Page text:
We worked on leading and getting him up and moving along with me, and then we worked on the right rein. Sarah could immediately see the difference. She asked me to send him on a circle around me, which I failed to do as before because he got enough rope to go backwards and did that instead. So she showed me how to circle him on a short rope. He was not keen and resisted a lot, and she bumped the rope on his shoulder until he yielded it and moved away.

I worked on this for a while too. We gave him lots of breaks and he was thoughtful and licked and chewed, and he showed a lot of improvement. Sarah explained a bit about resisting through the shoulder and how it shows itself in babies and told me what to do if he went as far with his resistance as rearing: (1) keep yourself safe, (2) as soon as you can, ensure that there are consequences with a strong downward jerk on the halter. I felt a bit oo-er about this but she is very safety conscious.

Anyway, we thought we would finish up by walking him around the perimeter track (we'd been working in the school). This was at the end of a 45 minute session and we soon learned that he had had ENOUGH!

He walked nicely as far as the bottom of the track proper, when you start to move away from the shelter and school. As I turned to walk up there what did he do but jib and lift both feet off the ground? I was astonished, but administered the downward jerk as instructed and he came down and walked obediently for another 5 metres. Then he started to pronk about like an idiot. I got him back but Sarah and I agreed that he must have had more than enough and we needed to finish, but that we should finish on a reasonable, obedient note, so she asked me to circle him once in each direction. Left rein - no problem. Right rein - he kicked out! Nowhere near me, but very stroppy. I sent him back with a waggle of the rope and asked again: he complied this time politely so we led him back down to the shelter and I went to take his head collar off.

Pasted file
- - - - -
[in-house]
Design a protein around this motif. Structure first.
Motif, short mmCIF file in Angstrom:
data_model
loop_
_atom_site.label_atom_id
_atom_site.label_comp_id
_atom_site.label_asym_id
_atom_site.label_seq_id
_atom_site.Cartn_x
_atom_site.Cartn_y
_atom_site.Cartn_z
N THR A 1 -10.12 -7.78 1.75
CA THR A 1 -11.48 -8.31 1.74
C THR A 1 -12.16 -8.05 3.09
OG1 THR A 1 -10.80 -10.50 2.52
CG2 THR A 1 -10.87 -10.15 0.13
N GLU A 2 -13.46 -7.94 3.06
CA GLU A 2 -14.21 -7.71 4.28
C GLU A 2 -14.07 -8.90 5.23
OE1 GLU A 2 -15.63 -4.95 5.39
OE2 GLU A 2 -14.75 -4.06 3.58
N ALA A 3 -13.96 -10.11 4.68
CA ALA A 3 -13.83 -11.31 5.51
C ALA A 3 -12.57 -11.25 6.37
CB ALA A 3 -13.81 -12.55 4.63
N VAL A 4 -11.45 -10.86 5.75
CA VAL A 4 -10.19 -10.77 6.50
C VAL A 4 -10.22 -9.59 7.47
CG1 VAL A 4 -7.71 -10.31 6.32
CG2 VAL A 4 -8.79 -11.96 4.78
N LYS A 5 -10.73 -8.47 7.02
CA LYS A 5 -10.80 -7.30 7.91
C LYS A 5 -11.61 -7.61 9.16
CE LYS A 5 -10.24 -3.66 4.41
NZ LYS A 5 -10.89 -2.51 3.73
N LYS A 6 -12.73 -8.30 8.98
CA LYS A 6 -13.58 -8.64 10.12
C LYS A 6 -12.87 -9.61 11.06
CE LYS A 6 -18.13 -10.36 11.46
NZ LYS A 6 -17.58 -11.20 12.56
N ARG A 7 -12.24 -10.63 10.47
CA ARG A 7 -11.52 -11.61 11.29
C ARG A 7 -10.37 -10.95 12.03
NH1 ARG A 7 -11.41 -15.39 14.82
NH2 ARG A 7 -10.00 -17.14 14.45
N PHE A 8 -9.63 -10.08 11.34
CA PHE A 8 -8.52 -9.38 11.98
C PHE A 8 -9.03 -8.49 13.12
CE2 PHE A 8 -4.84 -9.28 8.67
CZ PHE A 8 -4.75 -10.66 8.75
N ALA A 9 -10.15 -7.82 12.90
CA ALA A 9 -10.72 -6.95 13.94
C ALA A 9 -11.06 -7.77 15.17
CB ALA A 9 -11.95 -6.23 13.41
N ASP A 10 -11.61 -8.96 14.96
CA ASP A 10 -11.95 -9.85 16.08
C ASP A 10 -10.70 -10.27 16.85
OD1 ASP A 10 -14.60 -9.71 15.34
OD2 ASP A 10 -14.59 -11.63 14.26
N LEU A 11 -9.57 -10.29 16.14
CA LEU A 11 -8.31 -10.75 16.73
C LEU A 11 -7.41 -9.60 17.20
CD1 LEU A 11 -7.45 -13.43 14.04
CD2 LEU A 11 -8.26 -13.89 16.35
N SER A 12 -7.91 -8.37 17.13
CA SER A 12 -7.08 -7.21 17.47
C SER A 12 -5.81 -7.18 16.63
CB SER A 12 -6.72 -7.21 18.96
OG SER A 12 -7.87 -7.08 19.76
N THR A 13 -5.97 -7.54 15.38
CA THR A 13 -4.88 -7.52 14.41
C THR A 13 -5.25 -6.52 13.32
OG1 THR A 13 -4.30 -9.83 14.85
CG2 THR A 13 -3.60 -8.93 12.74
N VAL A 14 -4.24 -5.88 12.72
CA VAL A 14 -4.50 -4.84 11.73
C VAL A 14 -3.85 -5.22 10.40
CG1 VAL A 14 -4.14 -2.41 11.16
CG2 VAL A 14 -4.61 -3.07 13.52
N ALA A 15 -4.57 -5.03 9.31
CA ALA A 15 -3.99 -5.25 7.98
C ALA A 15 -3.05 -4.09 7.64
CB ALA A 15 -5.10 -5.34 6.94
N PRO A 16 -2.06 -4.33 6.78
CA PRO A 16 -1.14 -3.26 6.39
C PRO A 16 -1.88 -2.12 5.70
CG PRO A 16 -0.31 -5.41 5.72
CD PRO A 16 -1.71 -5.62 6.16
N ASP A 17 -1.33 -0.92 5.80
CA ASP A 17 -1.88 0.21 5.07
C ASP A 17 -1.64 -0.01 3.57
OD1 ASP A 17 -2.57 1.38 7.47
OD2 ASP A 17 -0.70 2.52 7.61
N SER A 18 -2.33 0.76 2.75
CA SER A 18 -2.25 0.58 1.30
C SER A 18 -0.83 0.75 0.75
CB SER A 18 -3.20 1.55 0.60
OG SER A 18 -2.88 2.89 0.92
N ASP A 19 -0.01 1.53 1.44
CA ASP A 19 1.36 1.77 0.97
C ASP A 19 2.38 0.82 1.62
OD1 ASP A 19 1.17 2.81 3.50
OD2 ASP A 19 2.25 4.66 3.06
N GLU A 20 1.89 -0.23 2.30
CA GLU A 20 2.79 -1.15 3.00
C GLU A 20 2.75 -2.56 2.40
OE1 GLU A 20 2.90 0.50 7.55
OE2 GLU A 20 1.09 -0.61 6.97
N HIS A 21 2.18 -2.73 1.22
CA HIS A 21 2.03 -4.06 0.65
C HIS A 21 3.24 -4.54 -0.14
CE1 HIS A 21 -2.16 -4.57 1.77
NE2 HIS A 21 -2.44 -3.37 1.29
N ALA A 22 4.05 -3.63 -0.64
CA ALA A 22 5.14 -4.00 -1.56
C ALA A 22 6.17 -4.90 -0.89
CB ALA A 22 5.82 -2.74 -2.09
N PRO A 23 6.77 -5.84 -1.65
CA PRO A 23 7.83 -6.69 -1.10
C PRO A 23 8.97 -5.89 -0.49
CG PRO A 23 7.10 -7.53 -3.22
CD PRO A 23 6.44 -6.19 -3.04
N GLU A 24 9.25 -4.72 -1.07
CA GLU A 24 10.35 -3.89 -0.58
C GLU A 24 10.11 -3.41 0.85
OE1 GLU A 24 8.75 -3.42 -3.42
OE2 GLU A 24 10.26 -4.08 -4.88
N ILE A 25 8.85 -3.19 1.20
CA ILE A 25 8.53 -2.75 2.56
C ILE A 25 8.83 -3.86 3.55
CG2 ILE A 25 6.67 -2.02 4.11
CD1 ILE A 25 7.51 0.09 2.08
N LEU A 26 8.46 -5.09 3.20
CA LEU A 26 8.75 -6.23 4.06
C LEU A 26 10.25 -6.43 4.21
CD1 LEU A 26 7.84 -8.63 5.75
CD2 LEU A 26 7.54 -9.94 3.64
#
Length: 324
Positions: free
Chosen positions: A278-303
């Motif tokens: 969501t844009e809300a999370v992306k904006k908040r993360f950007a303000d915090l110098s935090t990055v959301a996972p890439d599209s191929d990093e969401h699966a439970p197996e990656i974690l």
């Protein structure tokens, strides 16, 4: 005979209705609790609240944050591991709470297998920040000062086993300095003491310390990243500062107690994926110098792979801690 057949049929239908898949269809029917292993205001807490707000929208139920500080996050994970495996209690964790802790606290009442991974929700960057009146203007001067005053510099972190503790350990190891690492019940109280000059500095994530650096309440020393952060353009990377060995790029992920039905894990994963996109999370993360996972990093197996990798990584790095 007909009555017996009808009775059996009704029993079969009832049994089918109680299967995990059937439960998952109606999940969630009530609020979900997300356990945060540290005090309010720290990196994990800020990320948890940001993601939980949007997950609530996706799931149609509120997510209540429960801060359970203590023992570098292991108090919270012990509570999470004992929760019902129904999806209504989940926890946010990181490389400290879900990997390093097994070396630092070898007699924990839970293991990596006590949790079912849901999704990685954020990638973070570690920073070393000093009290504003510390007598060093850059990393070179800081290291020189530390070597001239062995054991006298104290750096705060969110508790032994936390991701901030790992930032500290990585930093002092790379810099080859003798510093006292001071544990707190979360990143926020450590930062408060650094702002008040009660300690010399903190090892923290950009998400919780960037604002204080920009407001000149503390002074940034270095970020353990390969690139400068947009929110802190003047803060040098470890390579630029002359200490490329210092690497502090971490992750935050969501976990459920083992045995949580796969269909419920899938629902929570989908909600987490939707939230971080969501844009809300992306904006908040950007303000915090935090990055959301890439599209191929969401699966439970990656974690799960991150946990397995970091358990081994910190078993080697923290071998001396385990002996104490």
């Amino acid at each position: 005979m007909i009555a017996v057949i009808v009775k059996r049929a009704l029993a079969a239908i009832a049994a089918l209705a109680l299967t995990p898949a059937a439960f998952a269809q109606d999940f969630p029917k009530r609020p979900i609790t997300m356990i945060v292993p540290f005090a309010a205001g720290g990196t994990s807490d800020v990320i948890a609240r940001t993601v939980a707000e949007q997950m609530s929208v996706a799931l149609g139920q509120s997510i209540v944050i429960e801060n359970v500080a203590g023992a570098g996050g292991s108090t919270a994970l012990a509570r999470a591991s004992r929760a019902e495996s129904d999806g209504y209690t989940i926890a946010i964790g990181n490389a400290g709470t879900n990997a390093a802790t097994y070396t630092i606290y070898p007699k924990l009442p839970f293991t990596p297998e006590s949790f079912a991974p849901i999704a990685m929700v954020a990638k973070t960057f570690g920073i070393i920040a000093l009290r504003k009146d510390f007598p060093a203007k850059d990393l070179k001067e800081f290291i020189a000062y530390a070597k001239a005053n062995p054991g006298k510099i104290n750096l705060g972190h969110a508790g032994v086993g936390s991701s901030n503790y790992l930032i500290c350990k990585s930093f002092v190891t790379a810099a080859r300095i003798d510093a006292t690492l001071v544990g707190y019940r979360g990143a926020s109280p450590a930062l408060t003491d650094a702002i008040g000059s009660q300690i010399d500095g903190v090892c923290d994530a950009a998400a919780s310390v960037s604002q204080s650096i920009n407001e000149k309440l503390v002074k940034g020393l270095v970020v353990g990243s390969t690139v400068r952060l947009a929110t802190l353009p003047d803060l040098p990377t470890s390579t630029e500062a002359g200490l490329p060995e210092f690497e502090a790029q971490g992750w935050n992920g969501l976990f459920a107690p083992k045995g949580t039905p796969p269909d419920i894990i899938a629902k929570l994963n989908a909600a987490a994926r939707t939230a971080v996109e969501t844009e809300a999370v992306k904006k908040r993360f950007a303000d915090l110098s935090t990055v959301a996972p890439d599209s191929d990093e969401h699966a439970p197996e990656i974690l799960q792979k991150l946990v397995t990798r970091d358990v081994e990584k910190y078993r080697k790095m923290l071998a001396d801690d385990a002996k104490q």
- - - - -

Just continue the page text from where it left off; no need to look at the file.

Sarah said, "When you've been working against their instincts for a while, they can go a bit ballistic, so it's a question of light blue touch paper and stand clear." I did stand away and as expected, he bounced off and had a caper, buck and fart, dash in and out of the shelter and then galloped back up to us.

He's got lots of character and Sarah thinks he is inclined to be dominant, so I need to be extra-sure that he doesn't push me around without my noticing it. I think I need to be prepared for more tantrums! We've also agreed to stick to half-hour lessons for him for now rather than blow his tiny mind.

I think I am still ok with all this.... :oops:
 
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Jane&Ziggy

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Second trimmer visit was much more eventful than the first.

Charlie was good for his fronts and fine for the left back, but Jo got to the right back last and by that time he had had enough. He started to move, barge, bite me (well, he tried) and in the end kick out. Jo was quick and strong about correcting him, and you could see him thinking about it, but it was as if there wasn't any space in his head for the lesson to go in.

I tried taking him outside and doing a few things he could do easily, and he was good, but when she tried again to finish the right back (she hadn't rolled the toe) the bad behaviour started again. He was really angry and stroppy. In the end we decided to forget the toe, took him outside and did little tiny things until Jo could lift the foot, pat him and put it down. Then we stopped.

She agreed that he is really getting to the stroppy teenager stage, saying, "You can't make me."

I'm feeling that while he is like this I have to: